Lemonbalm ready for potting on
Gently remove the cuttings by inserting a small trowel or knife under the root structure and pot on into good quality potting mix and water.

Wednesday, 28 March 2012

Herbal Oils

The herbs that grow in your garden can be made into herbal oils for use throughout the year.

depending on the herbs that you wish to use, you can make herbal oils during the summer and winter.
Today we are making valerian oil, with some valerian roots that were harvested and dried last winter.
We use Valerian oil as part of a massage rub to soothe restless legs and cramping.

Valeriana Officinalis

Herbal oils are made in a similiar way to the herbal vinegars in previous posts.
Have ready a clean sterilised jar with a lid, the oil that you wish to infuse your herbs in and your plant material.
Today we are using valerian root and organic cold pressed olive oil.

  1. prepare your herbs ( make sure they are clean, free of other materials and water).
  2.  Chop your herbs into pieces roughly 2cm in length
  3. Place the chopped herbs in your clean jar, the tighter you pack the herbs, the stronger the oil will be.
  4. Pour over the olive oil, filling to the top
  5. Use a chopstick to clear any air bubbles in the oil
  6. Seal tightly, label with name and date.
  7. Place in a warm spot where you can check the jar for any leakage of oils and top up if neccessary.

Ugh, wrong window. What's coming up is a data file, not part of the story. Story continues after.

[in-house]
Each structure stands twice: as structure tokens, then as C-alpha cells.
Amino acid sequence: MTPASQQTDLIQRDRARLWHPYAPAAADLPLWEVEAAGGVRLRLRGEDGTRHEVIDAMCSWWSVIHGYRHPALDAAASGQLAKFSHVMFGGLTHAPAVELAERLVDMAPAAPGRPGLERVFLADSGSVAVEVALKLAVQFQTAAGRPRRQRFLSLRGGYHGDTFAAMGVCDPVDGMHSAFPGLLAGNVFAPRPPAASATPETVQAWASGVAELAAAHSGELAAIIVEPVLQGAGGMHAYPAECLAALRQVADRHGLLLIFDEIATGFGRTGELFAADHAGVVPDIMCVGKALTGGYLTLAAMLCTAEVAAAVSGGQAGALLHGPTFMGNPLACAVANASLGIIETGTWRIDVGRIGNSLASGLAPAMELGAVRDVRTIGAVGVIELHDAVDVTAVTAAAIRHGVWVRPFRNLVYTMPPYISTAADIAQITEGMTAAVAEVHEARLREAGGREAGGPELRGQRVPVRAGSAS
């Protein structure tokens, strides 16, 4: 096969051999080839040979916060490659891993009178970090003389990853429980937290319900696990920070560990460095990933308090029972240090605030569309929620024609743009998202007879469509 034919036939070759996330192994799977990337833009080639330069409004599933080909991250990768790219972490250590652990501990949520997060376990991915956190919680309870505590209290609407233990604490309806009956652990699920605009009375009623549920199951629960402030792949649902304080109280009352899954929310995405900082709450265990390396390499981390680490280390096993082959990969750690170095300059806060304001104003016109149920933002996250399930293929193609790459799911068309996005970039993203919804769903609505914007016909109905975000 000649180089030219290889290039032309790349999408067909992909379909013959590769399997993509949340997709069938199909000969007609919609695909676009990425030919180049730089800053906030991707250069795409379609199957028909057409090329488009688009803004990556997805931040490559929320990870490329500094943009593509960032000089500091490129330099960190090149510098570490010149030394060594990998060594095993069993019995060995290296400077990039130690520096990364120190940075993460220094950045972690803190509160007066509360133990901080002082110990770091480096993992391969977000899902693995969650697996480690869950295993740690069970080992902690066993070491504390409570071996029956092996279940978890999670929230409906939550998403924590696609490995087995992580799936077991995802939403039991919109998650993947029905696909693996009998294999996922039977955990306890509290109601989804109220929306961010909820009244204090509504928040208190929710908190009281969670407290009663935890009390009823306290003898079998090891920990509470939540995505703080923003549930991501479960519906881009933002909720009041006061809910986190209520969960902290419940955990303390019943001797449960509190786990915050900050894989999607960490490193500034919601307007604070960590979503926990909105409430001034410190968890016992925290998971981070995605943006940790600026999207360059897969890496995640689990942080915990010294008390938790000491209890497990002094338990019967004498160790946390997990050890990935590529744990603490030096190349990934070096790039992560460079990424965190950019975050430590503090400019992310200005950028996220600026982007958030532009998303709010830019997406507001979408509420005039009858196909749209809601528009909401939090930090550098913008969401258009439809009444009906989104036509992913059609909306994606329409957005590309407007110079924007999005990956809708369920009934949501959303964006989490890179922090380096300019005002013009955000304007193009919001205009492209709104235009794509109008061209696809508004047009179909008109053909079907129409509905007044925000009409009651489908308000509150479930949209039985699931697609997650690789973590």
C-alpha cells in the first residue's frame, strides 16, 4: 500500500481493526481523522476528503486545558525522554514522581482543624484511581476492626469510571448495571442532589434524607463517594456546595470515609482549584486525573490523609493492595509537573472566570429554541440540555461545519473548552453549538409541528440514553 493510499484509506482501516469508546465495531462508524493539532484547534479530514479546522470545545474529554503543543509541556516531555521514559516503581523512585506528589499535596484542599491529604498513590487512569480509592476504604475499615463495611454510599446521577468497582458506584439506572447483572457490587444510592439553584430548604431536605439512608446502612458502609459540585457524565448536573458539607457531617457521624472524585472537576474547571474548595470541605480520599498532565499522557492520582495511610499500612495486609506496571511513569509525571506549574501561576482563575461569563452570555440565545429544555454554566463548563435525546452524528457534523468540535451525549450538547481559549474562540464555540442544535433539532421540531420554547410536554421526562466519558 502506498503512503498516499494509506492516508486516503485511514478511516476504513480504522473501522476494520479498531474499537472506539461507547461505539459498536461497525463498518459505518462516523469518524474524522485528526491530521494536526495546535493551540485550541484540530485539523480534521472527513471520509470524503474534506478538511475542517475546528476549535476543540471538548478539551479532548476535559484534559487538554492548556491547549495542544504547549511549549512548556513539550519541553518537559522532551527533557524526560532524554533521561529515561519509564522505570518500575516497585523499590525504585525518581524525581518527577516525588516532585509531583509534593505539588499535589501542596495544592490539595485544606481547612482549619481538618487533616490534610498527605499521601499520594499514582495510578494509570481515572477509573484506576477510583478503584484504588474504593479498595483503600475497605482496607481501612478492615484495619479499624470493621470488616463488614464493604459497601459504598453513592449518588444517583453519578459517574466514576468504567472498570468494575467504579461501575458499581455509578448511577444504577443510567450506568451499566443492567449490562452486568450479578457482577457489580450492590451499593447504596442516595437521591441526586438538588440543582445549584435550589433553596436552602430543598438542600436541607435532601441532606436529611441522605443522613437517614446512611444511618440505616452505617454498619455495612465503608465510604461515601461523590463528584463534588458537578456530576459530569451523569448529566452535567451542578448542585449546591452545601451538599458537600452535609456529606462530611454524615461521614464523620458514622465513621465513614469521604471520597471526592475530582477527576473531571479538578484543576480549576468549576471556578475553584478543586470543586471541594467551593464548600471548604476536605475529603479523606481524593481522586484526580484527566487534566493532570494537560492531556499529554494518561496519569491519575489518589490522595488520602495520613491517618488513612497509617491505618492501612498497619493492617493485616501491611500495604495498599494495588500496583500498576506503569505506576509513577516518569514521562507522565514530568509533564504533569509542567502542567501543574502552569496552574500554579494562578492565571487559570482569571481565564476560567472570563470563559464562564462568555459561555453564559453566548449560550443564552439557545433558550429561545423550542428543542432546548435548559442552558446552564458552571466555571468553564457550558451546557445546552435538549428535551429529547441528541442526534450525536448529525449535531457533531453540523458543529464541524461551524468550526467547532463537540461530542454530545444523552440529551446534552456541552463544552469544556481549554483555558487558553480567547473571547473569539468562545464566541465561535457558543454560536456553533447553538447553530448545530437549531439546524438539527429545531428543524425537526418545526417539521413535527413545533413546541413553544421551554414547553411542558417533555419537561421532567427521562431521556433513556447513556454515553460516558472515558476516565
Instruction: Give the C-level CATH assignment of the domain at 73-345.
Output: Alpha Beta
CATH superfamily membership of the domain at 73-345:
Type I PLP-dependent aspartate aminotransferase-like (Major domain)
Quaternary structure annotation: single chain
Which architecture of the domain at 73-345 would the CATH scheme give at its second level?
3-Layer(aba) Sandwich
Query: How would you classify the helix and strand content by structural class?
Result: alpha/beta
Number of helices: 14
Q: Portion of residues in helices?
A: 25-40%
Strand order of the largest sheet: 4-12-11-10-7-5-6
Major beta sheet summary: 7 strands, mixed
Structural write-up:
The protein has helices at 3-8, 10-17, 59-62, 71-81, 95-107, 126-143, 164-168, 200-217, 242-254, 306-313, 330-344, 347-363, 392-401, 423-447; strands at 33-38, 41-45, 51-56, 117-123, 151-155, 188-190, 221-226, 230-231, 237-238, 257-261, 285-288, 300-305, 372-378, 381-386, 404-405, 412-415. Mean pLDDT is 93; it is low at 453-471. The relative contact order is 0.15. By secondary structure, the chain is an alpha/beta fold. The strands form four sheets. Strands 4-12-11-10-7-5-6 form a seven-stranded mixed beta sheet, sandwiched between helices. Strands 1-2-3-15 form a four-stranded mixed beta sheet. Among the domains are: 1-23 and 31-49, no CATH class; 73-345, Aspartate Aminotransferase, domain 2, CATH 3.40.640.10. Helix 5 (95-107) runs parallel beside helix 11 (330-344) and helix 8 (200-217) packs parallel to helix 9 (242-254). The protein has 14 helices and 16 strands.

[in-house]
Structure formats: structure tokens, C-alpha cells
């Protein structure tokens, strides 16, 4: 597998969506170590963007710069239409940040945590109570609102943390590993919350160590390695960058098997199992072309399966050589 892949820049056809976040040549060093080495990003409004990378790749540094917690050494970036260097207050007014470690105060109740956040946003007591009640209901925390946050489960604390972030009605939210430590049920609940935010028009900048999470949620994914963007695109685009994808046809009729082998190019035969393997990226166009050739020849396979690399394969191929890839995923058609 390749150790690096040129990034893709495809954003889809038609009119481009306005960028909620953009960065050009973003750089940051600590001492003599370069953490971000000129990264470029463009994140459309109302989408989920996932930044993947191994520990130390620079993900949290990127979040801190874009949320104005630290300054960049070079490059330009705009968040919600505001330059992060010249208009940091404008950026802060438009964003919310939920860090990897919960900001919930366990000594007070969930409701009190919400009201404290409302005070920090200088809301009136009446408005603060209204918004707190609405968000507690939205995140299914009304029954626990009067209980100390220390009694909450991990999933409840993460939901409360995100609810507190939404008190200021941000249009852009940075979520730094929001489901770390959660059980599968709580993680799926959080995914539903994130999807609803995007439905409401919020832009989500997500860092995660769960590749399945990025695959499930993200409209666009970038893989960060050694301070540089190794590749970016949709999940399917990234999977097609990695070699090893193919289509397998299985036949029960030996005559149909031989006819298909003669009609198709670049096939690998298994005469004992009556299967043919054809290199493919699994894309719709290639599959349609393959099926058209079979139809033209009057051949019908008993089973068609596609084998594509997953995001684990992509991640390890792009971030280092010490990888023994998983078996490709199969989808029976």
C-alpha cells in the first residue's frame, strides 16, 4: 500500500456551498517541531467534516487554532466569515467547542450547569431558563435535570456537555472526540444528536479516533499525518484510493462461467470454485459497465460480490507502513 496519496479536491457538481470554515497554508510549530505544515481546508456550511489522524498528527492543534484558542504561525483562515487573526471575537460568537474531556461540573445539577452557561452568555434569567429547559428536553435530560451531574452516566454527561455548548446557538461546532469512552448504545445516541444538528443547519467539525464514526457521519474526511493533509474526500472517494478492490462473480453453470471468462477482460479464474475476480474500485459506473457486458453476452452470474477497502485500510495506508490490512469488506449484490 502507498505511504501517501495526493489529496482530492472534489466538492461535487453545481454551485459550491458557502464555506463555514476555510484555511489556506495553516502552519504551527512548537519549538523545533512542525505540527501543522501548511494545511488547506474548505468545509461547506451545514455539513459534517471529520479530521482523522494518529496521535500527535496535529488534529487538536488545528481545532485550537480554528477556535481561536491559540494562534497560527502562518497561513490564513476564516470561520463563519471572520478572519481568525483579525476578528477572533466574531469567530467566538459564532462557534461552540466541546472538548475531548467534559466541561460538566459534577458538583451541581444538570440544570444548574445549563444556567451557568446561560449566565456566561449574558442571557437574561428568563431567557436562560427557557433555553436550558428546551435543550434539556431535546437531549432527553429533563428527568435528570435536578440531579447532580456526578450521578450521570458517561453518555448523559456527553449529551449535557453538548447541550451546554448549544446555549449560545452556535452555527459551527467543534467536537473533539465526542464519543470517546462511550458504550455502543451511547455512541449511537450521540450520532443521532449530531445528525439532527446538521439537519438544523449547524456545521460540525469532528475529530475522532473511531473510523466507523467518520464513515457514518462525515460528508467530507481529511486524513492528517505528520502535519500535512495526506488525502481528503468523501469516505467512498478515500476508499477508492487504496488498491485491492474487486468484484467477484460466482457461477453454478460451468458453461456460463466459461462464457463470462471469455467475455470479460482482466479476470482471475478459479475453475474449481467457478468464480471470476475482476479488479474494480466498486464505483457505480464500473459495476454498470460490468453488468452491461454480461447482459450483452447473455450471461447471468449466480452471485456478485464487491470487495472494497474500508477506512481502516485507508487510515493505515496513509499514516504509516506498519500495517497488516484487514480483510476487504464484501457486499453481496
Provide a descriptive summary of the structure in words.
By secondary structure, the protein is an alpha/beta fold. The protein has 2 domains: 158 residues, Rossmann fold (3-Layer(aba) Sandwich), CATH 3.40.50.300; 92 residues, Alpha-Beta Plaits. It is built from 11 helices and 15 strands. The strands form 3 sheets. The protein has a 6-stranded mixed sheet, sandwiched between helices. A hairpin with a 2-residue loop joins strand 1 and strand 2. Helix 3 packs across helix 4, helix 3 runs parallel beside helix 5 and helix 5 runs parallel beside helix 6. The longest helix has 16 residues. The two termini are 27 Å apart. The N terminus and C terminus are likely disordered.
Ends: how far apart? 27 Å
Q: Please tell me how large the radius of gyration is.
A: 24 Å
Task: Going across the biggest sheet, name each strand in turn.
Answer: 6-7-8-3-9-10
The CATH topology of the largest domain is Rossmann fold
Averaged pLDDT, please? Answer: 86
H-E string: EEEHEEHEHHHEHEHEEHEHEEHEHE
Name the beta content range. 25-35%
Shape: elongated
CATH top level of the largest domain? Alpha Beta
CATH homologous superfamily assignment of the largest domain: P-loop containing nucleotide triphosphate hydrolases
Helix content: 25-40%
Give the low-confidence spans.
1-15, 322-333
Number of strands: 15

After the herbs have infused for 4-6 weeks you will be able to decant them through a fine sieve, with the result being a beautiful medicinal herbal oil.


 Valerian, Chamomile and Calendula herbal oils getting made

Marvellous Marshmallow

Flowering Marshmallow

Althaea Officinalis

Our Marshmallow plant is flowering and we're excited that we will be able to harvest some Marshmallow roots to make marshmallow syrup this winter

This Marshmallow plant is into its second year of growth at our Herbal Dispensary garden.
The bees are loving it, they visit daily for their dose of Marshmallow goodness

If you don't have a Marshmallow plant in your garden you could try your local herbal supplier
I used to make a variation of this recipe when my children were little,it is a great soothing syrup for sore throats and coughs
My girls loved it!

Marshmallow Syrup
To make the syrup you need:
  • 110g of dried marshmallow root
  • 55g raisins
  • 4 litres water
  • 50 drops of orange flower water (optional)